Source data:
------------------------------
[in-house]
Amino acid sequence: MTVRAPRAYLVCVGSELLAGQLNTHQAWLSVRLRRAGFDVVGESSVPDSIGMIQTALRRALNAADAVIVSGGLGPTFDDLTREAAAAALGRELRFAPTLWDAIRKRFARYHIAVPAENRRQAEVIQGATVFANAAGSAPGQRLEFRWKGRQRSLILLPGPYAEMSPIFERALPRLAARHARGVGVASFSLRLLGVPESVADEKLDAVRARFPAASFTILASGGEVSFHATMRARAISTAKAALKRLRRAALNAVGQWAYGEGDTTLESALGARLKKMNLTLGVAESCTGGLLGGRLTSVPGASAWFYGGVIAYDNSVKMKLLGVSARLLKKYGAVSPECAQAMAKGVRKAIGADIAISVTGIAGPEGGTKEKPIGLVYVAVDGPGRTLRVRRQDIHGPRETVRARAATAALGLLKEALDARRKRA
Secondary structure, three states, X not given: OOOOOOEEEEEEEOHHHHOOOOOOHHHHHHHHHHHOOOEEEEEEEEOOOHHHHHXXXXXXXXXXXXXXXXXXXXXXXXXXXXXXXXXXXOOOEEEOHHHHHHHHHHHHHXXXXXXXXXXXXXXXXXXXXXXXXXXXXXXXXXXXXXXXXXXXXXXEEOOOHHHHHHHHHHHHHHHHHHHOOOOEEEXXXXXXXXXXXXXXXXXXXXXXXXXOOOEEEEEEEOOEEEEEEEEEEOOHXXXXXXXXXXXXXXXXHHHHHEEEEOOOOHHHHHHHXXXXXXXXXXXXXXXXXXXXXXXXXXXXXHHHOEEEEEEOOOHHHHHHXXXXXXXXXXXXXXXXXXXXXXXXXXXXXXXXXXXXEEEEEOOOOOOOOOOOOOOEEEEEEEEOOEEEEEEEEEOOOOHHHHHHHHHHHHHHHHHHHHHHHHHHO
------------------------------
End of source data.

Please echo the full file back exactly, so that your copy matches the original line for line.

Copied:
[in-house]
Amino acid sequence: MTVRAPRAYLVCVGSELLAGQLNTHQAWLSVRLRRAGFDVVGESSVPDSIGMIQTALRRALNAADAVIVSGGLGPTFDDLTREAAAAALGRELRFAPTLWDAIRKRFARYHIAVPAENRRQAEVIQGATVFANAAGSAPGQRLEFRWKGRQRSLILLPGPYAEMSPIFERALPRLAARHARGVGVASFSLRLLGVPESVADEKLDAVRARFPAASFTILASGGEVSFHATMRARAISTAKAALKRLRRAALNAVGQWAYGEGDTTLESALGARLKKMNLTLGVAESCTGGLLGGRLTSVPGASAWFYGGVIAYDNSVKMKLLGVSARLLKKYGAVSPECAQAMAKGVRKAIGADIAISVTGIAGPEGGTKEKPIGLVYVAVDGPGRTLRVRRQDIHGPRETVRARAATAALGLLKEALDARRKRA
Secondary structure, three states, X not given: OOOOOOEEEEEEEOHHHHOOOOOOHHHHHHHHHHHOOOEEEEEEEEOOOHHHHHXXXXXXXXXXXXXXXXXXXXXXXXXXXXXXXXXXXOOOEEEOHHHHHHHHHHHHHXXXXXXXXXXXXXXXXXXXXXXXXXXXXXXXXXXXXXXXXXXXXXXEEOOOHHHHHHHHHHHHHHHHHHHOOOOEEEXXXXXXXXXXXXXXXXXXXXXXXXXOOOEEEEEEEOOEEEEEEEEEEOOHXXXXXXXXXXXXXXXXHHHHHEEEEOOOOHHHHHHHXXXXXXXXXXXXXXXXXXXXXXXXXXXXXHHHOEEEEEEOOOHHHHHHXXXXXXXXXXXXXXXXXXXXXXXXXXXXXXXXXXXXEEEEEOOOOOOOOOOOOOOEEEEEEEEOOEEEEEEEEEOOOOHHHHHHHHHHHHHHHHHHHHHHHHHHO